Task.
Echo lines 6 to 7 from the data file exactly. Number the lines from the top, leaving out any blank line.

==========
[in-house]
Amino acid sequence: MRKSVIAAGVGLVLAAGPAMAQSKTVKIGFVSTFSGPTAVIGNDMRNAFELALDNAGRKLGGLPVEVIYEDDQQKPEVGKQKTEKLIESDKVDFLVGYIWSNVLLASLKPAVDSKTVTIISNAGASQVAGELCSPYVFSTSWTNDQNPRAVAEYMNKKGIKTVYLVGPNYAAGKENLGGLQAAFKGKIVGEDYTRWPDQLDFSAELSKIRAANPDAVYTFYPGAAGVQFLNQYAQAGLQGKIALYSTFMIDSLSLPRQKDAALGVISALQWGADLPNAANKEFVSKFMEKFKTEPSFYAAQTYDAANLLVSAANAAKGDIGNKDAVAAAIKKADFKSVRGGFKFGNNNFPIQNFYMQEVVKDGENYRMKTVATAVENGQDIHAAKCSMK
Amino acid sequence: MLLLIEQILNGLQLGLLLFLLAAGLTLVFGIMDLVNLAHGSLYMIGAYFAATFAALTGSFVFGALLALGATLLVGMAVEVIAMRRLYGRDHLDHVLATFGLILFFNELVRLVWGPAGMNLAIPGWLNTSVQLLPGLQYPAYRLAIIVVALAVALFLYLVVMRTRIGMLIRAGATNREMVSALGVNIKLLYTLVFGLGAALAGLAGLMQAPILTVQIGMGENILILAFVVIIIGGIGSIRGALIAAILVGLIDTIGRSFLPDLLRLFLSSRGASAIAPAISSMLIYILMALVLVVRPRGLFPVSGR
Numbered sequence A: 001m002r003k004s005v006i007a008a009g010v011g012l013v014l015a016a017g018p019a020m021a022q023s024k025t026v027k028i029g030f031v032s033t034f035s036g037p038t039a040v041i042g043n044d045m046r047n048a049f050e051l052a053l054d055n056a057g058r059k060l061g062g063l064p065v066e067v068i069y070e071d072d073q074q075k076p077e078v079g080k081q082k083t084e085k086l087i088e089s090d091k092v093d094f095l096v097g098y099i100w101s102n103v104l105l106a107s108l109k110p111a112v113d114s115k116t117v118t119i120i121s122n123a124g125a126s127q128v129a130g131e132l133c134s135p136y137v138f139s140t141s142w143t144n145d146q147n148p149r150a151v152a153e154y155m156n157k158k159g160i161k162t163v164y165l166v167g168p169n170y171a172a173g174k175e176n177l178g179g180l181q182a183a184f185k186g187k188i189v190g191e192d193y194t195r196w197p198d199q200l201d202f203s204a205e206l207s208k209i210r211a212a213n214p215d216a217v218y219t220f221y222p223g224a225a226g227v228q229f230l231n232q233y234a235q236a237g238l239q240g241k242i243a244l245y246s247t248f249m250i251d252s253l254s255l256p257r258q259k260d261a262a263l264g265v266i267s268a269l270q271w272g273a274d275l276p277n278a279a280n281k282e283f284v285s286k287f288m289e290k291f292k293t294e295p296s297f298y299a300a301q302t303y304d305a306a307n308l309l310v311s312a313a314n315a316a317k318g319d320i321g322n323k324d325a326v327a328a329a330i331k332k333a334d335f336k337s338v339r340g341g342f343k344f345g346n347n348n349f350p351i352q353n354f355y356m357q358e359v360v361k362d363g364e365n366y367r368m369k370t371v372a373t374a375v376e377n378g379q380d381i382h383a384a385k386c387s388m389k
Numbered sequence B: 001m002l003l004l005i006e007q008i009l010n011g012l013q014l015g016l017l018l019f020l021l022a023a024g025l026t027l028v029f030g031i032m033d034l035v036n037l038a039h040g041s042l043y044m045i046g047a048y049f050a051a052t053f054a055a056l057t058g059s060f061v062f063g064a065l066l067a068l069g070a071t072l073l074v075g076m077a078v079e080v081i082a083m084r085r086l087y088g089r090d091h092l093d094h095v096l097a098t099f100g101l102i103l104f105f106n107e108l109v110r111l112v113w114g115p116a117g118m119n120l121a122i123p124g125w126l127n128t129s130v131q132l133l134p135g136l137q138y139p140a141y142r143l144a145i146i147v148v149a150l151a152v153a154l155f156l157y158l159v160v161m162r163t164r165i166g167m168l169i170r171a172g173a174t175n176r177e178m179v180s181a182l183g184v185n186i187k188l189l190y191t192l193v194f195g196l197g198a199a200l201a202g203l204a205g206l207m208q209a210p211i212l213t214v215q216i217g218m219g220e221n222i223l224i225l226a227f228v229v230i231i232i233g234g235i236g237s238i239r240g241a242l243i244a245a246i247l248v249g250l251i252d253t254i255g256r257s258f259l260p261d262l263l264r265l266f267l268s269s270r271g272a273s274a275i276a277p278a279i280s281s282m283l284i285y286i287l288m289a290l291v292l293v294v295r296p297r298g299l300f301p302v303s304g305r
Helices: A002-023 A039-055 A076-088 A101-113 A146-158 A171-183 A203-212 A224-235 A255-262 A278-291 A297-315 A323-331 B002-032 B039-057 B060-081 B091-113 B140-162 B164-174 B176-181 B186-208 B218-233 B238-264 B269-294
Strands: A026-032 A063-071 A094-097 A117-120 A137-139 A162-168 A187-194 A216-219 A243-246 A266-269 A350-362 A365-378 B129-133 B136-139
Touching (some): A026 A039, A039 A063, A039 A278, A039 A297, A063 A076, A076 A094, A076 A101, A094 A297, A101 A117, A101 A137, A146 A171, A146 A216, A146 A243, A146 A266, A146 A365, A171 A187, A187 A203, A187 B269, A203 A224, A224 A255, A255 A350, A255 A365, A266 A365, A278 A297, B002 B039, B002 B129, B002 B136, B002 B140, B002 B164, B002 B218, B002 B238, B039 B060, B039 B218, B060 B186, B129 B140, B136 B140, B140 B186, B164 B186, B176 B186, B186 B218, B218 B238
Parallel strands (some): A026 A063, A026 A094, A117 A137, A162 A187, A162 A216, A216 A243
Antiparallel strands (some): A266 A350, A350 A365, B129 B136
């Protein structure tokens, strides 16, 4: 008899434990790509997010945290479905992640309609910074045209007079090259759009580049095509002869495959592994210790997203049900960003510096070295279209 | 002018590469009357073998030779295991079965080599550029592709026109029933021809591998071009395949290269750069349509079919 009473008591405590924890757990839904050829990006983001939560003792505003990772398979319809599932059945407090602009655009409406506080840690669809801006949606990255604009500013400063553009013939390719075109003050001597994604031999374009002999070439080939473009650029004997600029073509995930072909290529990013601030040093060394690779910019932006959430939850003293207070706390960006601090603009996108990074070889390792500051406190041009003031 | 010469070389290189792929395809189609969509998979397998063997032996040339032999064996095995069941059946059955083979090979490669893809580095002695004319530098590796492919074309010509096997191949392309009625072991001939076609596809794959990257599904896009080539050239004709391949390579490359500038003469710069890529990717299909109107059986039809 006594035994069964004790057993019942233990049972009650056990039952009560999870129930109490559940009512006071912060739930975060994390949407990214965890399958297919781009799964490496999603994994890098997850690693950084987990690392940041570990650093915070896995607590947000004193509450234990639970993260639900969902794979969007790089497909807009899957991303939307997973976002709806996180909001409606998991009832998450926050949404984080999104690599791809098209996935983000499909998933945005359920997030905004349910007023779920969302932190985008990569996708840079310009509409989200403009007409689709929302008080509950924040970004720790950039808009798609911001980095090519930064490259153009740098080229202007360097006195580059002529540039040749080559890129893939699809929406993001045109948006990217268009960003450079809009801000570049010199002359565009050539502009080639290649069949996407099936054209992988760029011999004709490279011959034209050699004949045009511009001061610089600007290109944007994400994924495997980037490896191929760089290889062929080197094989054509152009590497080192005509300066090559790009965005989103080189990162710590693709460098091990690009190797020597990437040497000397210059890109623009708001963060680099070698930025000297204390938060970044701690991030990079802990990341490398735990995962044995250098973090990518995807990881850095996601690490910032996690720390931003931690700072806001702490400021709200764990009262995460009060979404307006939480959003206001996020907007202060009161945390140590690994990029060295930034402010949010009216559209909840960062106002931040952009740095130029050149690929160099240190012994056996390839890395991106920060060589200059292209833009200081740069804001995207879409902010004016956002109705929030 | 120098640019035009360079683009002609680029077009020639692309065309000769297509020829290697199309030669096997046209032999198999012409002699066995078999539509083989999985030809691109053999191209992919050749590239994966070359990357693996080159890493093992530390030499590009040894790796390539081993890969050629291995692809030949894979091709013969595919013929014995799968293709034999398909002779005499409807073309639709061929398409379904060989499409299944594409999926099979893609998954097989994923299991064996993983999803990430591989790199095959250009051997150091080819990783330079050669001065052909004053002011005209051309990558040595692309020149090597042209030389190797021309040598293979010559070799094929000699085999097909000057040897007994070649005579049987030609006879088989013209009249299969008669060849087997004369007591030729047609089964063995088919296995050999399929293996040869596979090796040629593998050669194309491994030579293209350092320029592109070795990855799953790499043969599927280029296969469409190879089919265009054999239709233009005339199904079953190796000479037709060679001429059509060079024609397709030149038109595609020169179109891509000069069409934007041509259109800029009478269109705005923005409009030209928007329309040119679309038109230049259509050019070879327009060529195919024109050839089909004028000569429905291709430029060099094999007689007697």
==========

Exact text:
Helices: A002-023 A039-055 A076-088 A101-113 A146-158 A171-183 A203-212 A224-235 A255-262 A278-291 A297-315 A323-331 B002-032 B039-057 B060-081 B091-113 B140-162 B164-174 B176-181 B186-208 B218-233 B238-264 B269-294
Strands: A026-032 A063-071 A094-097 A117-120 A137-139 A162-168 A187-194 A216-219 A243-246 A266-269 A350-362 A365-378 B129-133 B136-139